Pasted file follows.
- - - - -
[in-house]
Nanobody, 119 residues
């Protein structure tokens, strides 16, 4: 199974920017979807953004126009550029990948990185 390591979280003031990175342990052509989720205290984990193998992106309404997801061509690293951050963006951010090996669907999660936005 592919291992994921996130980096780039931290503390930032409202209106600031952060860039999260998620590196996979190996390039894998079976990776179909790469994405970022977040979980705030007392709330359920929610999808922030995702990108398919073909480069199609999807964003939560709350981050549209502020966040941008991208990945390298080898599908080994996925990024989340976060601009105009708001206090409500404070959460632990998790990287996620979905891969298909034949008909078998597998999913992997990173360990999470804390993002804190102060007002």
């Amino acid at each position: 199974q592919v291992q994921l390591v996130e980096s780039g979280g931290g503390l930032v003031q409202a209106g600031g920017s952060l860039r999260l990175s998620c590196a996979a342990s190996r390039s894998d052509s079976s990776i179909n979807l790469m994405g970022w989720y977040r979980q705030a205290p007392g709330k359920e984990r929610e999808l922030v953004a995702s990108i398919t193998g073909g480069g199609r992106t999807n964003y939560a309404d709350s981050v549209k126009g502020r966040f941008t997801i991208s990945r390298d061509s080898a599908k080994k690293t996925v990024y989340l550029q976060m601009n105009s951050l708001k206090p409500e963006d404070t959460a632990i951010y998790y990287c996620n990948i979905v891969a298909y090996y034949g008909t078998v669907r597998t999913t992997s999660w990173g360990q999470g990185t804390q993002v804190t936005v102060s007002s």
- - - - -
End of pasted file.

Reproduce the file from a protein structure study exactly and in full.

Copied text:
[in-house]
Nanobody, 119 residues
């Protein structure tokens, strides 16, 4: 199974920017979807953004126009550029990948990185 390591979280003031990175342990052509989720205290984990193998992106309404997801061509690293951050963006951010090996669907999660936005 592919291992994921996130980096780039931290503390930032409202209106600031952060860039999260998620590196996979190996390039894998079976990776179909790469994405970022977040979980705030007392709330359920929610999808922030995702990108398919073909480069199609999807964003939560709350981050549209502020966040941008991208990945390298080898599908080994996925990024989340976060601009105009708001206090409500404070959460632990998790990287996620979905891969298909034949008909078998597998999913992997990173360990999470804390993002804190102060007002």
């Amino acid at each position: 199974q592919v291992q994921l390591v996130e980096s780039g979280g931290g503390l930032v003031q409202a209106g600031g920017s952060l860039r999260l990175s998620c590196a996979a342990s190996r390039s894998d052509s079976s990776i179909n979807l790469m994405g970022w989720y977040r979980q705030a205290p007392g709330k359920e984990r929610e999808l922030v953004a995702s990108i398919t193998g073909g480069g199609r992106t999807n964003y939560a309404d709350s981050v549209k126009g502020r966040f941008t997801i991208s990945r390298d061509s080898a599908k080994k690293t996925v990024y989340l550029q976060m601009n105009s951050l708001k206090p409500e963006d404070t959460a632990i951010y998790y990287c996620n990948i979905v891969a298909y090996y034949g008909t078998v669907r597998t999913t992997s999660w990173g360990q999470g990185t804390q993002v804190t936005v102060s007002s």